US to send another 120,000 troops to Iraq | india | Hindustan Times
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US to send another 120,000 troops to Iraq

The US announced this even as its senior ground commander said that the stiff Iraqi resistance is slowing the coalition's progress.

india Updated: Mar 28, 2003 18:07 IST

With the likelihood of a longer war in Iraq than anticipated, the US on Friday announced sending 120,000 more troops to boost its forces even as its senior ground commander admitted that the stiff Iraqi resistance is slowing the progress of the invading forces.

The US, which has already 90,000 ground troops in Iraq since the start of the invasion on March 20, is sending another 1,20,000 troops to the region, a Pentagon official said in Washington as two huge 'bunker buster' bombs blasted Iraq's communication centre in Baghdad and fighting raged in strategic towns in the south.

Among the units with orders to deploy to the region is the 1st Armoured Division in Germany, the 1st Cavalry Division in Texas, and the 2nd and 3rd Armoured Cavalry Regiments in Louisiana and Colorado, the official said.

The US Army Senior Ground Commander in Iraq, Gen William Wallace, said tougher-than-expected Iraqi forces have stalled the US drive towards Baghdad.

Long supply lines and Iraqi guerrilla-style tactics have reduced the chances the swift military planners had hoped for, he said.

"The enemy we're fighting is different from the one we'd war-gamed against," Wallace told The Washington Post at the Forward Operating Base Shell, in Iraq.

US forces moving through southern Iraq have encountered much stiffer resistance than expected from lightly armed Iraqi irregulars who have attacked supply convoys and even armoured columns.

Iraq has warned that US-led troops will have to fight their way into Baghdad street-by-street.

"The enemy must come inside Baghdad and that will be its grave," said Iraqi Defence Minister Sultan Hashem Ahmed.

US President George W Bush has said the coalition will fight for "however long it takes" to remove President Saddam Hussein from power.

Echoing similar views, British Prime Minister Tony Blair, who met Bush yesterday, told the BBC that the war to topple the Iraqi leader would take time and have its "tough and difficult" moments.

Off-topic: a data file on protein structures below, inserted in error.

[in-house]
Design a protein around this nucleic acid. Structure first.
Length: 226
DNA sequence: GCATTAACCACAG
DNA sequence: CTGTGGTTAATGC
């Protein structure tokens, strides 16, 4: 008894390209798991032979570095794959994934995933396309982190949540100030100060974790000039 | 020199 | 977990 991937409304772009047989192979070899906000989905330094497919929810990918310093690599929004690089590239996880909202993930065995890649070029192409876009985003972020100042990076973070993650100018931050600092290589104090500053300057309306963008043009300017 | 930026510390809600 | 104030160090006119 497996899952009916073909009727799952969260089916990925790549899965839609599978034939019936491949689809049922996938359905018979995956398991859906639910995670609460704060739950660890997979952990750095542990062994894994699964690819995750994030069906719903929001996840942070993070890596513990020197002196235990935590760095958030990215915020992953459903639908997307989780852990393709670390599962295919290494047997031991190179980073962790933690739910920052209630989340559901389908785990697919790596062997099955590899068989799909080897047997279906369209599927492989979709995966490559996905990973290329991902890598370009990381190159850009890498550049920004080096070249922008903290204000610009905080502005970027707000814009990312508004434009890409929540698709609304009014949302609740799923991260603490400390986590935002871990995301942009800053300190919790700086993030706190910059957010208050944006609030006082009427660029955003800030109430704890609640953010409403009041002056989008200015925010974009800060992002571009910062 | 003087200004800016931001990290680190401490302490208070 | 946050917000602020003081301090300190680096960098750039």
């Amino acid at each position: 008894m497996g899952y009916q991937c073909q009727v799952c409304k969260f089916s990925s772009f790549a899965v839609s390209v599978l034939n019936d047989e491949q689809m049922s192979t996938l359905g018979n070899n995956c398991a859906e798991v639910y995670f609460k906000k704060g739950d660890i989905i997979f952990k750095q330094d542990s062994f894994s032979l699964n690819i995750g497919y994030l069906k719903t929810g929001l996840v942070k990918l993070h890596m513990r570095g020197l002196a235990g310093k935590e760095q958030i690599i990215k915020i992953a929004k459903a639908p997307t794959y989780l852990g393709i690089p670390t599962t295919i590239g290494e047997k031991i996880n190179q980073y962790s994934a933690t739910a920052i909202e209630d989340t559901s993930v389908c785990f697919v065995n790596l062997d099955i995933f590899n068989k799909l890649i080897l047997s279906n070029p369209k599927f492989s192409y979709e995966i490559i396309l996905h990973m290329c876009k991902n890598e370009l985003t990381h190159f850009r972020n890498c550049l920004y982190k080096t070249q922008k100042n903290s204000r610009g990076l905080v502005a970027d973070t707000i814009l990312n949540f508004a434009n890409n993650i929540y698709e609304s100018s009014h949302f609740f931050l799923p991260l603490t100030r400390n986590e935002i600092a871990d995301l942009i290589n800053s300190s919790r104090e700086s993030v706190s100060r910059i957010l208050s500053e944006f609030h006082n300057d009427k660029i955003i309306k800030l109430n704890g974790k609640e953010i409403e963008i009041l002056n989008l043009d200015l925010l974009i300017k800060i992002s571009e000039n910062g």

Continuing its air strikes, the US B-52 stealth bomber dropped two 4,700-pound satellite-guided bunker busted bombs on Iraqi communication centre al-Maamun, next to the destroyed al-Salam palace in Baghdad.

However, the Iraqi resistance continued to slow the invading forces' drive towards the capital and other key cities like Basra and Nasiriyah.

In the latest reports from Basra, British troops positioned to the south and west of the city say they are have opened fire on the local Iraqi militia, who were allegedly shooting at between 1,000 and 2,000 people trying to escape.

UK tanks also destroyed 14 Iraqi tanks and a number of armoured vehicles attempting to break out of Basra.

US troops and members of Iraq's Fedayeen militia units fought a major battle in the central town of Samawah, the site of a crucial bridge on the way to Baghdad.

At least 10 explosions were heard in Nasiriyah and an Iraqi command post was destroyed, reports reaching here said.

US Marines in Nasiriyah say they have captured an Iraqi army general, who was picked up at his home.

US cargo planes delivered military supplies and 200 more troops to northern Iraq, a day after hundreds of US troops parachuted into the area.

Also in northern Iraq, Kurdish militiamen crossed the frontline into Iraqi government-controlled territory, gaining control of a hilltop position guarding the advance to the city of Kirkuk.